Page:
Although the U.S. Army dropped bayonet training three years ago, most ground troops world-wide still get some of it. Some army personnel want to bring it back. The U.S. Marine Corps still trains riflemen on how to use the bayonet, as does Britain. In fact, British troops were the last troops to actually use a bayonet charge in combat. This happened in 2004, when a patrol of 20 British troops in Basra, Iraq were ambushed by about a hundred Iraqi Shia militiamen. Help was still on the way when the commander of the British troops realized they were running out of ammo and the Iraqi gunmen were moving closer. So he ordered his troops to fix bayonets and charge. That thoroughly demoralized the Iraqis who, after some close combat with the British (Scots, actually) left 35 of them dead, all ran away. Some of the British troops were wounded but all survived. This, however, was one of the very few such incidents of bayonet use in the last decade. The problem is that Western troops tend to be well trained marksmen and Iraq or Afghan gunmen have learned not to get too close. So opportunities for launching a bayonet charge are increasingly rare.
While the U.S. Army eliminated bayonet drills from basic training, the U.S. Marine Corps has not. The marines did this not so much for developing weapons skills but for mentally conditioning marines for combat. The bayonet drills are part of larger program emphasizing one-on-one combat. The army does this, to a lesser extent, and now without bayonet training.
The army attitude towards close combat is a bit different and always has been. While the bayonet and the bayonet charge have a firm place in military history, the reality is rather different. This has had a heavy influence on the army bayonet training decision. Bayonets are often still carried but rarely attached to the front of a rifle. Most modern bayonets are simply knives, which are handy for all sorts of things on the battlefield. Sticking them in the enemy is rarely one of them. Army leaders saw training new recruits in the battlefield use of the bayonet as misleading and a waste of time. The marines looked beyond the weapon, to the spirit and enthusiasm with which it, and many other implements of destruction, are used in close combat.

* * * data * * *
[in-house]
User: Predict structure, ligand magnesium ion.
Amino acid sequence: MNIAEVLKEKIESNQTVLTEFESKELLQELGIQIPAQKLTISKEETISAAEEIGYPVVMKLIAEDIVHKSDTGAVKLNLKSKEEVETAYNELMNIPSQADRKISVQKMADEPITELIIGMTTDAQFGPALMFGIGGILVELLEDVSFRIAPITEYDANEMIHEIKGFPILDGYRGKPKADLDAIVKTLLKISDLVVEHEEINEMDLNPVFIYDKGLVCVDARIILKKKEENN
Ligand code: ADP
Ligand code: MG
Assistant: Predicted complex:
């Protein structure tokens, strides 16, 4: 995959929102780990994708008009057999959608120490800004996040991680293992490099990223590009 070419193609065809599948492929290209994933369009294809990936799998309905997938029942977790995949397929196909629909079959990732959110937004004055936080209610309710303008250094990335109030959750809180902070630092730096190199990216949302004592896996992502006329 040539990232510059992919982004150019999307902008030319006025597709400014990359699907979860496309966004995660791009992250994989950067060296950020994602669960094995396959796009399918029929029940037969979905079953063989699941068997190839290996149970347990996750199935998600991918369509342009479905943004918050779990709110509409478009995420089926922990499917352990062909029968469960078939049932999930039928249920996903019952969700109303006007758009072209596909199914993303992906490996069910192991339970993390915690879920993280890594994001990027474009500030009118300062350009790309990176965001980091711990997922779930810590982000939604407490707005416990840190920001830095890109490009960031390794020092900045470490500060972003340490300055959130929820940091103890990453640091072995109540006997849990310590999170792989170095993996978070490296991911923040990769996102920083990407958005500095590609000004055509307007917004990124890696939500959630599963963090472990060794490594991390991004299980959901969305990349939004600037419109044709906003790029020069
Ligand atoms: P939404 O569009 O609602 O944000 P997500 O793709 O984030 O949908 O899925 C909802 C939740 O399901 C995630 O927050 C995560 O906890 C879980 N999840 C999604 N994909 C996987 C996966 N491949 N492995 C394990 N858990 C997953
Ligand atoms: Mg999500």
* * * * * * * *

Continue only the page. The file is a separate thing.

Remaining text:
The marines recognized that while the "bayonet charge" may not happen on the battlefield much anymore, it is still part of the American memory and perpetuated via all sorts of media. The marines use that sort of thing to get their recruits in shape for the battlefield. The marines have always been pretty good at that. Recruits are led to believe that the bayonet practice is some kind of game, and competition, but one with a deadly serious purpose.
But why do infantry continue to carry a bayonet? To a certain extent carrying a bayonet is tradition, even in the army. But there are practical reasons as well. A lot of time is spent out in the field and a knife is useful for cutting stuff. But perhaps the most effective military use is intimidation during efforts to calm down rioting civilians. This is nothing new, the fearsome effect of a bunch of guys advancing with bayonets on the end of their rifles has been known for centuries. It's also a morale boost for the lads using the bayonets. When you hear the order "fix bayonets" (put them on the end of your rifle) you feel that it is do-or-die time, even if it isn’t. Unfortunately that order is rarely given anymore. In the army the troops prefer to carry a hunting knife or multitool and most units never let the bayonets leave the arms room.
The most common "combat" use of bayonets is for crowd control. In fact, this is about the only "bayonet training" most troops get anymore. The bayonet is used somewhat differently in these situations. For one thing, the troops don't just rush at the crowd carrying their bayonet tipped rifles. They march forward, neatly lined up, with the rifles held so that the crowd sees a line of bayonets coming at them. The troops do this while marching in step and are trained to bring their right feet down as heavily as possible. The sight of the advancing troops, the bayonets, and the rhythmic thud of boots striking the ground usually causes the crowd to scatter.
The marines train their recruits to understand that they might have to "fix bayonets" in combat and that they must know how to fight with a bayonet and anything else they can get their hands on or just with their bare hands. Thus, in type of bayonet training, it's the thought that counts.